Why is local food so important?
Taste and nutrition
Two of the most important aspects of eating local food are improved taste and nutrition. Food grown locally typically tastes better, as it’s eaten soon after harvest. Local food is allowed to ripen on the plants and in the fields without additional chemical aid. (Compare the taste of a just-picked, dark-red garden tomato in August with a pink January one and you’ll be amazed at the difference!)
Moreover, local food is harvested at the peak of the season, making it more nutritious. While someone may be expecting a wallop of vitamin C after eating an orange, that doesn’t always hold true. When a piece of fruit is harvested out of season and then shipped over many miles, the nutrient content deteriorates. Buying locally not only provides better tasting and more nutritious food, but allows individuals to enjoy seasonal food diversity.
Supporting local businesses can enhance the local economy. When we buy food from sources outside of our region, we don’t support our local economy, we become dependent upon shipping methods that cover lengthy distances, and we don’t have as much control over what we purchase.
Food purchased at a standard grocery store can provide as little as 3.5 cents of every food euro to the farmer. The rest of the money goes to food processors, suppliers and marketers.
Eating local helps to keep small farmers alive and provides more options to the consumer.
Exporting and importing foods is becoming commonplace and this takes more energy. While the specific number of miles a food travels has been debated by some, it doesn’t take much investigation to establish where a food was grown. If you live in Luxembourg and buy apples grown in New Zealand, your food has traveled thousands of miles. If you live in Trier and buy tomatoes and avocados from Mexico, your food traveled a long way. If you buy a mango from Ecuador and you live in Ecuador, you’re a local food stud.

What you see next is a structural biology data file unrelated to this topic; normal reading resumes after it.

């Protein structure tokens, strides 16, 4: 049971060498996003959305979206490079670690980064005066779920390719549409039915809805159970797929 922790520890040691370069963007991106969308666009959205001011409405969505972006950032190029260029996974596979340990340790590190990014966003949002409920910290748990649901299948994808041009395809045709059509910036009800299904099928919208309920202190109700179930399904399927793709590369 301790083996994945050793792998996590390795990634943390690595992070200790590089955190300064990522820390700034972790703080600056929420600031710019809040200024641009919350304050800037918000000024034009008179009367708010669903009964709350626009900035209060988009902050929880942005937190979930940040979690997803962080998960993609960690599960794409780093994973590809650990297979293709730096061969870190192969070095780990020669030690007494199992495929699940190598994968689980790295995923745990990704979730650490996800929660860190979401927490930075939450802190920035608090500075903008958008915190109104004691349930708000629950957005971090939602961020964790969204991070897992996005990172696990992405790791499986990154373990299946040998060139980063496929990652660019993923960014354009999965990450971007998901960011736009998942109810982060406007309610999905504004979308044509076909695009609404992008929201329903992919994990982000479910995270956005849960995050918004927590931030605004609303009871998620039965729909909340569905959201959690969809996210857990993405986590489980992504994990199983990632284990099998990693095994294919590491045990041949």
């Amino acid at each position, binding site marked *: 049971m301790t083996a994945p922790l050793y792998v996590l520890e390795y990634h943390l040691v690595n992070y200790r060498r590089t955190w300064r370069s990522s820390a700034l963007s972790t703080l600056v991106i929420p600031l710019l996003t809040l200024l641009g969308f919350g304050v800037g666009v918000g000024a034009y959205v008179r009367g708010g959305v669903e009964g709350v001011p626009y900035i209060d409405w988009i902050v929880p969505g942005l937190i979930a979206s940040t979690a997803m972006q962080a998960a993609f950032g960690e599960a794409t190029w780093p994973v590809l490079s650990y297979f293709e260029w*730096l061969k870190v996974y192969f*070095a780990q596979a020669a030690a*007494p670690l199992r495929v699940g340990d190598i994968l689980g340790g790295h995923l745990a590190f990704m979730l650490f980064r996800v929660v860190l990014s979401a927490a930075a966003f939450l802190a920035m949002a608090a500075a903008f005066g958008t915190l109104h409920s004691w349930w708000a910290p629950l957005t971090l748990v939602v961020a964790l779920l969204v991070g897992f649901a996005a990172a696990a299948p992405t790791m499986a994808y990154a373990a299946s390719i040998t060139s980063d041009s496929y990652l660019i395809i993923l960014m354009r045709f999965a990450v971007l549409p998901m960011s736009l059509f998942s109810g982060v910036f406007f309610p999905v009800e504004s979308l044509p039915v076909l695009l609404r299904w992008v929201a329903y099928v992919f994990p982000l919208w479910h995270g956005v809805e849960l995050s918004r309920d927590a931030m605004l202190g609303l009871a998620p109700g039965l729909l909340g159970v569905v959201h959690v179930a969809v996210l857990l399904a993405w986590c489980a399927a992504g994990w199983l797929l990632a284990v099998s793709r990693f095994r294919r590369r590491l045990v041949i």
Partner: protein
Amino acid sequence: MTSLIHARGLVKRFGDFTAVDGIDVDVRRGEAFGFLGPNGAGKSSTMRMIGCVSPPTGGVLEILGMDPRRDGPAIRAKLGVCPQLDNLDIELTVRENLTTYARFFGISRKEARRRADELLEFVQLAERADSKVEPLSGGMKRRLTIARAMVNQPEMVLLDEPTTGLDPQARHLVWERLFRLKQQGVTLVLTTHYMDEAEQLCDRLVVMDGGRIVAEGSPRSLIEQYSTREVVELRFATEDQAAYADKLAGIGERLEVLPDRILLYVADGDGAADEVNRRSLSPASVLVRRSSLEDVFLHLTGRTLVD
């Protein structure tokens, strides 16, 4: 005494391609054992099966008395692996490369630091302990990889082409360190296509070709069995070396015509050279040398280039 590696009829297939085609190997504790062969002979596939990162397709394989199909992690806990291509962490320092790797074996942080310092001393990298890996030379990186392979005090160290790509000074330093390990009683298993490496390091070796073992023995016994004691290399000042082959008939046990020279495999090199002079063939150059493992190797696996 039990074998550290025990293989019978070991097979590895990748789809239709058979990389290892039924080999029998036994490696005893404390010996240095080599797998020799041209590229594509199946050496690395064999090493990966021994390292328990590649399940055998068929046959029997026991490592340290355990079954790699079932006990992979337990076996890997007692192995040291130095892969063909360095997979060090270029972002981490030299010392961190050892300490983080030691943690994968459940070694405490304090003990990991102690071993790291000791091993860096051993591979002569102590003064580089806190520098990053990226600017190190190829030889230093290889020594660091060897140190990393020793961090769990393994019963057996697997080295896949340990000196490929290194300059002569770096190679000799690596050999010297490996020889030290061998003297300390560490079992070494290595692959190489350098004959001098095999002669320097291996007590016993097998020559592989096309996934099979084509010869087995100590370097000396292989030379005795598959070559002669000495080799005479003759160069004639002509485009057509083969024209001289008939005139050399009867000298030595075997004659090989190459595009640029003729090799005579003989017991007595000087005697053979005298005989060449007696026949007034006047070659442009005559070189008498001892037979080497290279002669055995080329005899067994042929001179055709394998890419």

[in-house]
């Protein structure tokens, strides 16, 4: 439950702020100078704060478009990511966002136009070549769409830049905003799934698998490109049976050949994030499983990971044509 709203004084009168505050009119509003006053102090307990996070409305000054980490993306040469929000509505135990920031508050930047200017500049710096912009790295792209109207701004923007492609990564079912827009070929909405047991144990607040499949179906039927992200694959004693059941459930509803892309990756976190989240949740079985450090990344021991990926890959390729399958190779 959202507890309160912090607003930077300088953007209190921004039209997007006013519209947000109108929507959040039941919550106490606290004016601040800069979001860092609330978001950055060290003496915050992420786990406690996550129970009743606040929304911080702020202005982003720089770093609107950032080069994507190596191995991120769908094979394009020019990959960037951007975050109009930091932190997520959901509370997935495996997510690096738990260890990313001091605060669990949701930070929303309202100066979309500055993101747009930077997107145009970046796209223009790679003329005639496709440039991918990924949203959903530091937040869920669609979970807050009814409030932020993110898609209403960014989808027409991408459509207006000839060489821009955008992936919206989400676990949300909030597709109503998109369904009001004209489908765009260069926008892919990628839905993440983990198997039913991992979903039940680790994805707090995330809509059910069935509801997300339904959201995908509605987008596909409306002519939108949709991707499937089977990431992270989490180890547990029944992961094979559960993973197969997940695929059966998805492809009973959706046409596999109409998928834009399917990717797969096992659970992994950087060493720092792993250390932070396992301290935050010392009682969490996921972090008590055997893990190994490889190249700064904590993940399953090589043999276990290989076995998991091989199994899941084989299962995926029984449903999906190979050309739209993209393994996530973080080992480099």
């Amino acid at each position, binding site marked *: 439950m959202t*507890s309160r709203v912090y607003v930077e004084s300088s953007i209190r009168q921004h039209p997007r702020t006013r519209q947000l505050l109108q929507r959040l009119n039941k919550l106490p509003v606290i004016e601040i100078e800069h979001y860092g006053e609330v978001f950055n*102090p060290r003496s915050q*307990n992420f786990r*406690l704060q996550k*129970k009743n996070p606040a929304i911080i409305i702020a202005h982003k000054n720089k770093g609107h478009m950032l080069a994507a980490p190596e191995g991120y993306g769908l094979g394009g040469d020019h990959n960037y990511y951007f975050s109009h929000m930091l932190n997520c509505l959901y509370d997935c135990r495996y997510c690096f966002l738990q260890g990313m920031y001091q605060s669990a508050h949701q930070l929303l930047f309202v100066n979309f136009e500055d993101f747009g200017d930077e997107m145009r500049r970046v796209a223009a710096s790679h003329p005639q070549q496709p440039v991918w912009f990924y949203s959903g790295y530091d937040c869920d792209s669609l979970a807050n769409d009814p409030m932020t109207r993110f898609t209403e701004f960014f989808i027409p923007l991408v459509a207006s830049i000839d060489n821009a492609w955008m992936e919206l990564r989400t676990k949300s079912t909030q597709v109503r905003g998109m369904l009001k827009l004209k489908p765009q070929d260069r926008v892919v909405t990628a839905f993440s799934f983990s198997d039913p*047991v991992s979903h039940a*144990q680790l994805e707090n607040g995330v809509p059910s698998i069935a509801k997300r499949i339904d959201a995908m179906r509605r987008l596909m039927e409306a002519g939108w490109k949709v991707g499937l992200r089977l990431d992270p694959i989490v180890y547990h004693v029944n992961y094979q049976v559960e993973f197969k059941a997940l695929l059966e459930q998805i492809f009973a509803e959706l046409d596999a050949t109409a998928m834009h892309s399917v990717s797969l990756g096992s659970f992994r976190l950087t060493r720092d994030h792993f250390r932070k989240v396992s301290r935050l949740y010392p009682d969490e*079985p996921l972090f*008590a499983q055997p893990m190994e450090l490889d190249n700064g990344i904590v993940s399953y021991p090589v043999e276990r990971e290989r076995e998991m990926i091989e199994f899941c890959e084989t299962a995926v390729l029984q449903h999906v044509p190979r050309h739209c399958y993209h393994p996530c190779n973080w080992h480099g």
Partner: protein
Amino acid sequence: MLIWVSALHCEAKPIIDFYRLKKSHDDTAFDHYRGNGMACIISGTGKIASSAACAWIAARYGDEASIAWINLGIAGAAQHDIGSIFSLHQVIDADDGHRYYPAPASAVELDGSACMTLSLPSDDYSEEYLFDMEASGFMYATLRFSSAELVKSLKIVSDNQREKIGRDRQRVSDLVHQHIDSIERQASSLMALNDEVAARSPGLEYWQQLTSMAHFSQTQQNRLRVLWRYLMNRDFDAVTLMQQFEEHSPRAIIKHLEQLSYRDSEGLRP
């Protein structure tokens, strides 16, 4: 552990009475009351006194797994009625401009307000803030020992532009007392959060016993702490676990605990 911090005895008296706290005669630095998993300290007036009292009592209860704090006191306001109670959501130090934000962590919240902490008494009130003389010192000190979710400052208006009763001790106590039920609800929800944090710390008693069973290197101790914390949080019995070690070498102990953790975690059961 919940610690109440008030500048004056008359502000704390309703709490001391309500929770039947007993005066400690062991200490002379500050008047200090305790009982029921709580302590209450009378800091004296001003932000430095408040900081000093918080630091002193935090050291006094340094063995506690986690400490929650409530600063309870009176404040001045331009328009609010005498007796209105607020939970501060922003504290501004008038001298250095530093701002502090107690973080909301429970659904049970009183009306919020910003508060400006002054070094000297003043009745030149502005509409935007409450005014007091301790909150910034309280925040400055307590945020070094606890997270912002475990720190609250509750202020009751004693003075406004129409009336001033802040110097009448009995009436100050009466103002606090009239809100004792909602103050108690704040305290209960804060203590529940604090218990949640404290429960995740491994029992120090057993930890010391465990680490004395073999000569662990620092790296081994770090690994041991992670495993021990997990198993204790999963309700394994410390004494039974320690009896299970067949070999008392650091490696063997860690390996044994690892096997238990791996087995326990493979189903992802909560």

Food production depends heavily on energy and oil for its production, processing, packaging, and distribution. The cost and availability of oil either directly or indirectly affects all food system inputs, including other forms of energy.
Food safety is an often overlooked aspect of local eating. When we buy food from local sources, the opportunity for contamination is diminished. Food contamination often occurs on massive industrialized farms that have livestock nearby. With controlled farming systems and a reduction in the number of “hands” touching food, the potential of food-borne illness is minimized.
In addition, food safety regulations and enforcement may not be as stringent in the region of origin as they are where you live.
When buying directly from local farms you can ask about production methods. A close interaction between producer and consumer also means that producers feel more responsibility to the people they feed.